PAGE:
Local craft breweries enjoy increasing numbers
The craft beer industry in Winchester/Frederick County is blooming.
In three short years, the number of microbreweries has flourished from zero to four and four more are in planning stages for the area.
Oddly, local craft beer brewery owners yearn for more competition.
“The more the merrier,” said Art Major, owner of Winchester’s Escutcheon Brewery on 142 W. Commercial St. “We become more of a destination. People don’t want to drive to visit just one brewery.”
The lure is the exotic tastes produced by each brewery, as unique as a carefully cut diamond. In the Winchester/Frederick County area alone, there are more than 70 different locally produced craft beers on tap at any one time.
Those breweries will tout their wares in Winchester during Craft Beer Week June 3-9 and June 10 from noon to 6 p.m. on Old Town Winchester’s Mall for the fifth annual Hop Blossom Festival fund-raiser supporting GoodDogz.org and the local SPCA.
And by next year, two breweries may open in Strasburg, one in Front Royal and another one in Winchester, according to area planning commissions.
Winchester’s exposure to craft beer – and wine – came from Charlie Fish, who opened Murphy’s Beverage Company on the Loudon Street Mall in 1997 and stocked her shelves with Virginia wines and craft beer from everywhere.
“She is the grandmother of craft beer in this town,” said Major, who consulted her before opening his brewery two years ago. “She is so knowledgeable and supportive. She has the passion for it.”
Fish sells craft beer from her shelves but doesn’t offer tastings, as does The Better Beer Store on Valley Pike.
Co-owner and manager Kevin Eckles, 42, has 16 craft beers on tap, filling 16-ounce cans called crowlers or 32-ounce jugs called growlers during his limited tasting hours and stocking his shelves with 450 brands of beer.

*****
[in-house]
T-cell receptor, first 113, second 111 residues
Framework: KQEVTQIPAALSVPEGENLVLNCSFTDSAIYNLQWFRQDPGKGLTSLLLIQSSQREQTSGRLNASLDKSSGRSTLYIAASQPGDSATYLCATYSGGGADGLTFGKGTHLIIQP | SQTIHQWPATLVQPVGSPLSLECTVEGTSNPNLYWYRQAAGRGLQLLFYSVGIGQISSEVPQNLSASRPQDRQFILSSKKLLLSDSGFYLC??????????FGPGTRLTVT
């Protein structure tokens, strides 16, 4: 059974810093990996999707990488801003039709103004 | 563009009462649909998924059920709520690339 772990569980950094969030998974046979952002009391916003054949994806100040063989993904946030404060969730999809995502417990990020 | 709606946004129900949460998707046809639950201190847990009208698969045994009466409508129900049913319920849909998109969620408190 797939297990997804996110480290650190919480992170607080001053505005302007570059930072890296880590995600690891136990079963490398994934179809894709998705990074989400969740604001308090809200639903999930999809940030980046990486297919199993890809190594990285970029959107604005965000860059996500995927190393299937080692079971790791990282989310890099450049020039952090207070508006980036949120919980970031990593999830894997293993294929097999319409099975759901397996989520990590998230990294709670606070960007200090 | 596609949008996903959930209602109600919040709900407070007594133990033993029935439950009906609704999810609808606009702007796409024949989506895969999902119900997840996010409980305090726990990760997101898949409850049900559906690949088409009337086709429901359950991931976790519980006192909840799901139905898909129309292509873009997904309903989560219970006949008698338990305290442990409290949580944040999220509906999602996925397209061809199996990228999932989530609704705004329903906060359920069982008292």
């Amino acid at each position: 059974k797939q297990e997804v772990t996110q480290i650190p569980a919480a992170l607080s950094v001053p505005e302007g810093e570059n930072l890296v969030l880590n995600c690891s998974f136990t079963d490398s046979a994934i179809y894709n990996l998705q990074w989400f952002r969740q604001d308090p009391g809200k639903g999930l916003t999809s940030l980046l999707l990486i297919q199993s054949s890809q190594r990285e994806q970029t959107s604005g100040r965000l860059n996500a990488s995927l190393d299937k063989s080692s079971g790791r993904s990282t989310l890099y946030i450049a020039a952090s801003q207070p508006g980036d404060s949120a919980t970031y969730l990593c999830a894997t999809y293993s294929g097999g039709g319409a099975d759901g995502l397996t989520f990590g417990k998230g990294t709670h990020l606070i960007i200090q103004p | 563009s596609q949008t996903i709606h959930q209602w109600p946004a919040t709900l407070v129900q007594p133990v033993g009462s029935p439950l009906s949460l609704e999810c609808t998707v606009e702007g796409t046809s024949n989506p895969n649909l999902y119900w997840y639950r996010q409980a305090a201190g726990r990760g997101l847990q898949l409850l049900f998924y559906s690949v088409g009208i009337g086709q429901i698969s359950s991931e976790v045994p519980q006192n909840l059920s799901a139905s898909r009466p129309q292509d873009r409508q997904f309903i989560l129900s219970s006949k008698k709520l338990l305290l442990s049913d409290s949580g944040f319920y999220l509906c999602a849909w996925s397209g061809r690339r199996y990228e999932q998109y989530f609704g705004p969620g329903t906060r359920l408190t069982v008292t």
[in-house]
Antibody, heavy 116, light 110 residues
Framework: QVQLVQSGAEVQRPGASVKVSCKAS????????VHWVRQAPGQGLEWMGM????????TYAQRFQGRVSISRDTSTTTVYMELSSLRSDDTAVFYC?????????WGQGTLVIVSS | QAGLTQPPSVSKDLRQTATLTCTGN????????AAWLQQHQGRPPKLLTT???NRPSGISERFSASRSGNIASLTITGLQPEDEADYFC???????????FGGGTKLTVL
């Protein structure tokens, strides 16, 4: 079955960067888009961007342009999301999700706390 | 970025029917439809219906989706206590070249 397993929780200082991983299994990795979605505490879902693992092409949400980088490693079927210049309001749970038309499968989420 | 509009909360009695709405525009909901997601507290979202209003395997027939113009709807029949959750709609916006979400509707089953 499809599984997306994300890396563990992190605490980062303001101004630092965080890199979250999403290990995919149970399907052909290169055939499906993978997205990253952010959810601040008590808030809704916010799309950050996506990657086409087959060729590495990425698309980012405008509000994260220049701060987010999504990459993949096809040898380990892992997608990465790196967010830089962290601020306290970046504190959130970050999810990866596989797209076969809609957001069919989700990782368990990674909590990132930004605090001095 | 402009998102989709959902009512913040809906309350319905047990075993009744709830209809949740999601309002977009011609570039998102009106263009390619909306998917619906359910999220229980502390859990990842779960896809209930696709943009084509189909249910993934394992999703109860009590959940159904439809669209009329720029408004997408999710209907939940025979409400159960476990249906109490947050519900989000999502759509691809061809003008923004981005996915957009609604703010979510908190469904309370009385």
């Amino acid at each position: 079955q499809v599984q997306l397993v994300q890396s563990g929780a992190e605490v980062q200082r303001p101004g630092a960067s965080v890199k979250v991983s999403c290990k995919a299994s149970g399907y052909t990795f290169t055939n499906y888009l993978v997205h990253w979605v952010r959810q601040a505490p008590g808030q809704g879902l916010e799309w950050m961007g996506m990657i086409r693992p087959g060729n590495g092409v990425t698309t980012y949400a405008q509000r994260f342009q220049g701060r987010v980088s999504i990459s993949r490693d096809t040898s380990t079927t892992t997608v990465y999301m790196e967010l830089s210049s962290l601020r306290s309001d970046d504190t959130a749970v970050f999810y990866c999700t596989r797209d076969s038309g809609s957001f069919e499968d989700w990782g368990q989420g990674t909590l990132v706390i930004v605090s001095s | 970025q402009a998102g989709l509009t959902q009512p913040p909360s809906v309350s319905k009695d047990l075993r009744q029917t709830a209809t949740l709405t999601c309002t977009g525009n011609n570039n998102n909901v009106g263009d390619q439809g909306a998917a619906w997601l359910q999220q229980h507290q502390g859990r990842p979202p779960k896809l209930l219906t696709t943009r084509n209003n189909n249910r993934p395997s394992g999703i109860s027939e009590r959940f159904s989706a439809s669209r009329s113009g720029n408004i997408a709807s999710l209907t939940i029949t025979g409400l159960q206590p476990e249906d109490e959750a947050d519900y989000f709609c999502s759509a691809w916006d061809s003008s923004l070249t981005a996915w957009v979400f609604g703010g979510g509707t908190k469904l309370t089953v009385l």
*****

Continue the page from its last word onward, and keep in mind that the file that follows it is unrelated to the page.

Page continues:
He is riding the craft beer trend, catering to an older clientele who may just want to shop and not go to a brewery, with regular out-of-town customers from Martinsburg, Strasburg and Front Royal, he said.
When the store opened 2 1/2 years ago, Eckles, a former research scientist for Bausch and Lomb, said he felt “sheer unadulterated terror” but soon discovered craft beer’s unwavering attraction.
“In this business, if you’ve had a good day, you want a beer and if you’ve had a bad day, you want a beer,” he laughed.
The area’s first craft beer brewery was Backroom Breweries, a farm brewpub born in January 2014, evolving as a companion business on the Sunflower Herb Farm owned by Billie Clifton.
“I said hops are a herb that flowers and makes beer, so we should make beer,” she said, proving the brewery’s expertise early by winning several craft beer awards in statewide brewing competitions.
Located on 40 acres just off Reliance Road four miles beyond Middletown’s town limit, Clifton notes the family friendly farm enjoys room for children to roam and play, plus the aspect of being a restaurant as well as a brewery and herb farm.
Eric Casper and his family recently visited Luray Caverns and were heading home to Mechanicsburg, Pennsylvania, when they pulled off Interstate 81 to get something to eat and taste beer at the Backroom Brewery.